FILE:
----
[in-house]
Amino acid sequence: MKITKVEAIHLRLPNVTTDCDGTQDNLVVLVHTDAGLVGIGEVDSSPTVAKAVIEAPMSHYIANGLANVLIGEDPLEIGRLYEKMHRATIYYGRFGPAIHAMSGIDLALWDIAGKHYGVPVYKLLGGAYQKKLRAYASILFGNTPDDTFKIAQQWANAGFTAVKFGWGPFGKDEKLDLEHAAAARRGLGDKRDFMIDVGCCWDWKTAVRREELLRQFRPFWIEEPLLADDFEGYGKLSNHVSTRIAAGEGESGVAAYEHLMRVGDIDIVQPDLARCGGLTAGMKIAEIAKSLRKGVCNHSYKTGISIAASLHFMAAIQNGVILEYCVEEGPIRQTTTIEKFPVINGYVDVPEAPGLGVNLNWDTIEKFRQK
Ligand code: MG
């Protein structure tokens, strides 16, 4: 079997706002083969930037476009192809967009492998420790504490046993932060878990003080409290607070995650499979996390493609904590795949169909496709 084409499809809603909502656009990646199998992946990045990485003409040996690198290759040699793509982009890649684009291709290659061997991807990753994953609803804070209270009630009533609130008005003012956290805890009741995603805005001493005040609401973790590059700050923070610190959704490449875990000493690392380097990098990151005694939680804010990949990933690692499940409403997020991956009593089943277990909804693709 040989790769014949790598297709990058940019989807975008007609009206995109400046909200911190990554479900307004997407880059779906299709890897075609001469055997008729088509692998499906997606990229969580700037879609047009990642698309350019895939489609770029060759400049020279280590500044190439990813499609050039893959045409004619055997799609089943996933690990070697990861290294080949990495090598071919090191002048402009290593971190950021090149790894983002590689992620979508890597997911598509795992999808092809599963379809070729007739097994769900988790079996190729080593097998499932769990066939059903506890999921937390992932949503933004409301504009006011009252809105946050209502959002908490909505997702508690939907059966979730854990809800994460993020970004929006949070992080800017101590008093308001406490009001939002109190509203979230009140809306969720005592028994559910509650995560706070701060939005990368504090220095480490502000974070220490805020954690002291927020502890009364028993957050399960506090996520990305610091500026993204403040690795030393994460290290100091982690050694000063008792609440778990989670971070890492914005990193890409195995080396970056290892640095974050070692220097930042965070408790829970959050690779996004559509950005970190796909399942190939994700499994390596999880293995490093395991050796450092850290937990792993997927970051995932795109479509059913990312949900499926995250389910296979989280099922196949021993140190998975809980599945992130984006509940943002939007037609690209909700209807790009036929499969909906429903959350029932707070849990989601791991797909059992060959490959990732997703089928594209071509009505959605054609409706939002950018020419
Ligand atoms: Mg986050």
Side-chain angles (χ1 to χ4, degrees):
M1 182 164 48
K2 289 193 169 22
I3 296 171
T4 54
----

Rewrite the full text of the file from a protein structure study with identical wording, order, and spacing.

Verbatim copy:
[in-house]
Amino acid sequence: MKITKVEAIHLRLPNVTTDCDGTQDNLVVLVHTDAGLVGIGEVDSSPTVAKAVIEAPMSHYIANGLANVLIGEDPLEIGRLYEKMHRATIYYGRFGPAIHAMSGIDLALWDIAGKHYGVPVYKLLGGAYQKKLRAYASILFGNTPDDTFKIAQQWANAGFTAVKFGWGPFGKDEKLDLEHAAAARRGLGDKRDFMIDVGCCWDWKTAVRREELLRQFRPFWIEEPLLADDFEGYGKLSNHVSTRIAAGEGESGVAAYEHLMRVGDIDIVQPDLARCGGLTAGMKIAEIAKSLRKGVCNHSYKTGISIAASLHFMAAIQNGVILEYCVEEGPIRQTTTIEKFPVINGYVDVPEAPGLGVNLNWDTIEKFRQK
Ligand code: MG
């Protein structure tokens, strides 16, 4: 079997706002083969930037476009192809967009492998420790504490046993932060878990003080409290607070995650499979996390493609904590795949169909496709 084409499809809603909502656009990646199998992946990045990485003409040996690198290759040699793509982009890649684009291709290659061997991807990753994953609803804070209270009630009533609130008005003012956290805890009741995603805005001493005040609401973790590059700050923070610190959704490449875990000493690392380097990098990151005694939680804010990949990933690692499940409403997020991956009593089943277990909804693709 040989790769014949790598297709990058940019989807975008007609009206995109400046909200911190990554479900307004997407880059779906299709890897075609001469055997008729088509692998499906997606990229969580700037879609047009990642698309350019895939489609770029060759400049020279280590500044190439990813499609050039893959045409004619055997799609089943996933690990070697990861290294080949990495090598071919090191002048402009290593971190950021090149790894983002590689992620979508890597997911598509795992999808092809599963379809070729007739097994769900988790079996190729080593097998499932769990066939059903506890999921937390992932949503933004409301504009006011009252809105946050209502959002908490909505997702508690939907059966979730854990809800994460993020970004929006949070992080800017101590008093308001406490009001939002109190509203979230009140809306969720005592028994559910509650995560706070701060939005990368504090220095480490502000974070220490805020954690002291927020502890009364028993957050399960506090996520990305610091500026993204403040690795030393994460290290100091982690050694000063008792609440778990989670971070890492914005990193890409195995080396970056290892640095974050070692220097930042965070408790829970959050690779996004559509950005970190796909399942190939994700499994390596999880293995490093395991050796450092850290937990792993997927970051995932795109479509059913990312949900499926995250389910296979989280099922196949021993140190998975809980599945992130984006509940943002939007037609690209909700209807790009036929499969909906429903959350029932707070849990989601791991797909059992060959490959990732997703089928594209071509009505959605054609409706939002950018020419
Ligand atoms: Mg986050």
Side-chain angles (χ1 to χ4, degrees):
M1 182 164 48
K2 289 193 169 22
I3 296 171
T4 54